The Confederates were, however, confederates: They believed in robust states’ rights. It was, perhaps, inevitable that those who worship at the shrine of political correctness would, in time, point their finger at collegiate athletics.
The University of Mississippi has one of the most storied football programs in America, producing three national championships and star players like Archie Manning and his Super Bowl-winning quarterback son Eli Manning. The school has won eight of the last nine bowl games it has played it. The fans are some of the most enthusiastic in the nation.
The unofficial fight song of the university is “Dixie” and its mascot has been a cane-toting Southerner with a goatee. Flying the Confederate flag has also been a standard way for students at Ole Miss to show support for their team. There is no evidence at all that the University of Mississippi football team, its fans, or its alumni are racist, yet that has not stopped the university administration from adopting a new mascot, the Rebel Black Bear Storied traditions are cast aside in pursuit of stamping out all vestiges of the state’s history.
The voluntary participation of fans in collegiate sports, however, can simply undo the foreign edicts of administrators. What would prevent, for example, students attending games from wearing a Confederate flag t-shirt? Who could stop fans from singing “Dixie” at college football games? Is the term “Ole Miss” also going to be banished to the penal colony of political correctness? How is having a “Black” bear as a team mascot not also displaying racial prejudice against blacks? There are, of course, no answers to these questions.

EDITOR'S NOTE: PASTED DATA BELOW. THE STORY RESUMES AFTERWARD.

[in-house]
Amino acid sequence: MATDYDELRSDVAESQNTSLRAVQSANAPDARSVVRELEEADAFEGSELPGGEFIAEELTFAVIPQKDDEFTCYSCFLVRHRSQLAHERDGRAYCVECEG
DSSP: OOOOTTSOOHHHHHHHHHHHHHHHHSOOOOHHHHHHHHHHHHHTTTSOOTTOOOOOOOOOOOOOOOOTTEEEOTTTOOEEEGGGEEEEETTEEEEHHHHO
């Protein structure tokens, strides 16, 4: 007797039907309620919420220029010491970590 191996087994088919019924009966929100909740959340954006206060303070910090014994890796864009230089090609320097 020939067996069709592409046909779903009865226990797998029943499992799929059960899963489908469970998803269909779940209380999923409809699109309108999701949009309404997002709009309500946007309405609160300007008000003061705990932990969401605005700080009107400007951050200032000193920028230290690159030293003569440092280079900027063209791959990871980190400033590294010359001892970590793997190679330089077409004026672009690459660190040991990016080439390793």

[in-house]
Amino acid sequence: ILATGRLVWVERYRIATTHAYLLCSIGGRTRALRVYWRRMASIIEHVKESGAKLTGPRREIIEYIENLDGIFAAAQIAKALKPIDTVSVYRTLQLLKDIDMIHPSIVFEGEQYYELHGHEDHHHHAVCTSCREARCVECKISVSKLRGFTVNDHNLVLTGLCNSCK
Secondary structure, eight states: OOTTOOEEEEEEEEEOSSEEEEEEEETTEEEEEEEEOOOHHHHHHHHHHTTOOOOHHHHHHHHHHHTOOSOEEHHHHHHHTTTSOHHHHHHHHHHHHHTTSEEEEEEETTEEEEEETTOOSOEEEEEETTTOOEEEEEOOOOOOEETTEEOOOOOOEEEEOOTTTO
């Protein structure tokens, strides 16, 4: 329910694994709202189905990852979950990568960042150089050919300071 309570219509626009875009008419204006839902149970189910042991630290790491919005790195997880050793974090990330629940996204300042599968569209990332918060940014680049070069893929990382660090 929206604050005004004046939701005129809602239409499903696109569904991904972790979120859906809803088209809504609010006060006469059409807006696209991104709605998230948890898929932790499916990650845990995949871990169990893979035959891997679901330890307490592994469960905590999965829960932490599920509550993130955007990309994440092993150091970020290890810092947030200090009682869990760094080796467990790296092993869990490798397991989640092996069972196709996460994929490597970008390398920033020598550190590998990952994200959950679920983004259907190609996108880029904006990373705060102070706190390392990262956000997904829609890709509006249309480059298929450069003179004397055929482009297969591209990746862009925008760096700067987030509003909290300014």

For decades now, Southerners have been trying to protect their history, which includes most emphatically the Civil War and the struggle of its soldiers to maintain an independent confederacy. Acknowledging and respecting history does not require endorsing bad parts of its history, like slavery. It does mean recognizing the nobility of many Confederate generals, such as Lee and Jackson. It means honoring the brave young men, often little more than boys, who entered ferocious battles in defense of their homes. It means recognizing an antebellum Southern culture that entailed more than simply slavery.
Increasingly, however, what people are allowed to respect about their past is governed by those who seek a bland, sterile uniformity in all public life and the abolition of American culture itself.